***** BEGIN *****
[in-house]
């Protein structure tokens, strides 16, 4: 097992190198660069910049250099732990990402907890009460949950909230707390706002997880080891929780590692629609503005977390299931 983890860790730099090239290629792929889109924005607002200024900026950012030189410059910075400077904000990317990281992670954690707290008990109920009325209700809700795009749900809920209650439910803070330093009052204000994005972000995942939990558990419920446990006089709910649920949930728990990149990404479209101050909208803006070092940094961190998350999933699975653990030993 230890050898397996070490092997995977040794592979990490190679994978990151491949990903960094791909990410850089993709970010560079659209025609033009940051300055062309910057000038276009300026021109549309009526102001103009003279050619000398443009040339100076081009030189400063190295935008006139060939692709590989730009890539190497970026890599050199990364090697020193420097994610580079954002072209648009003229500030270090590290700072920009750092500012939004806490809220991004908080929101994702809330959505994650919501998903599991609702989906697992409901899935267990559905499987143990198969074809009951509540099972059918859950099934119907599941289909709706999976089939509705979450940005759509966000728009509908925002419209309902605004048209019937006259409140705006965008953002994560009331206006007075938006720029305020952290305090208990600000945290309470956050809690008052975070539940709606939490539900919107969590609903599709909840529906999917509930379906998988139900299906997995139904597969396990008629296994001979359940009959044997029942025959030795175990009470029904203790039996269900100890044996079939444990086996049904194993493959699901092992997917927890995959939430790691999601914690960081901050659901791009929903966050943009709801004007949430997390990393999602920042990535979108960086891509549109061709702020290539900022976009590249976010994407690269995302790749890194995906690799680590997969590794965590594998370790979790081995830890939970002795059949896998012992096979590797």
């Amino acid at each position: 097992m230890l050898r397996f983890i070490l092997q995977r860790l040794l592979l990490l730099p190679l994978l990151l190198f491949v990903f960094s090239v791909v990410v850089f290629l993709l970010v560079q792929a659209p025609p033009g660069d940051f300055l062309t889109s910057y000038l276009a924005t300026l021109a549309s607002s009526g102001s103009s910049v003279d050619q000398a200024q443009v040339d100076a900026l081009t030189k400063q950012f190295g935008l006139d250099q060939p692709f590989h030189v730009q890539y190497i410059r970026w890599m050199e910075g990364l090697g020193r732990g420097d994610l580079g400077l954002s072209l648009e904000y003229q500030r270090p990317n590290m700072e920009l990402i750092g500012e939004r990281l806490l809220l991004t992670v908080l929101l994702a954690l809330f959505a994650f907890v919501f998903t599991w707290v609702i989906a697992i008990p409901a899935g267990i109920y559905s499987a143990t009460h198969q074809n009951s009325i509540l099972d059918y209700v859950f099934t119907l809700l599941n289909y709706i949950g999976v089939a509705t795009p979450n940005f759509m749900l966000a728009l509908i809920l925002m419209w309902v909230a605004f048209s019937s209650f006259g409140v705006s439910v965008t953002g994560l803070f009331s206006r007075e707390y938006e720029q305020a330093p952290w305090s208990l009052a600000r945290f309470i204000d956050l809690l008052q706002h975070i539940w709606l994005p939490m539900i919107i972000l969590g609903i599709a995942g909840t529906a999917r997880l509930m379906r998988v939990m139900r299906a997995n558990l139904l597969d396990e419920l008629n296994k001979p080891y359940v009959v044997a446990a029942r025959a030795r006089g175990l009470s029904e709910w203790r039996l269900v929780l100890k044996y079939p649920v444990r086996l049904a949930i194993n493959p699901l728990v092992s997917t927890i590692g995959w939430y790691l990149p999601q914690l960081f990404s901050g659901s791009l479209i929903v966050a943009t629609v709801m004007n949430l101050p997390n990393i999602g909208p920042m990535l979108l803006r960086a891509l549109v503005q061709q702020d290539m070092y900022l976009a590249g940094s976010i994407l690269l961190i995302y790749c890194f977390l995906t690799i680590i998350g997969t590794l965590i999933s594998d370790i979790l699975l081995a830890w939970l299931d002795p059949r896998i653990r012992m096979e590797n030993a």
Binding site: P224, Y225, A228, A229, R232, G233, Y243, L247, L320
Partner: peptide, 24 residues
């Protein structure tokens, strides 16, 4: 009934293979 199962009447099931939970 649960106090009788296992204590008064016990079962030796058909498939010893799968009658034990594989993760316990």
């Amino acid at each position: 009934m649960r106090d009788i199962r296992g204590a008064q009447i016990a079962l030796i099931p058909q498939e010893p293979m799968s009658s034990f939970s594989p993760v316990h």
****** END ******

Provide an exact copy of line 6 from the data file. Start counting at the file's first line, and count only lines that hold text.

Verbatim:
């Protein structure tokens, strides 16, 4: 009934293979 199962009447099931939970 649960106090009788296992204590008064016990079962030796058909498939010893799968009658034990594989993760316990």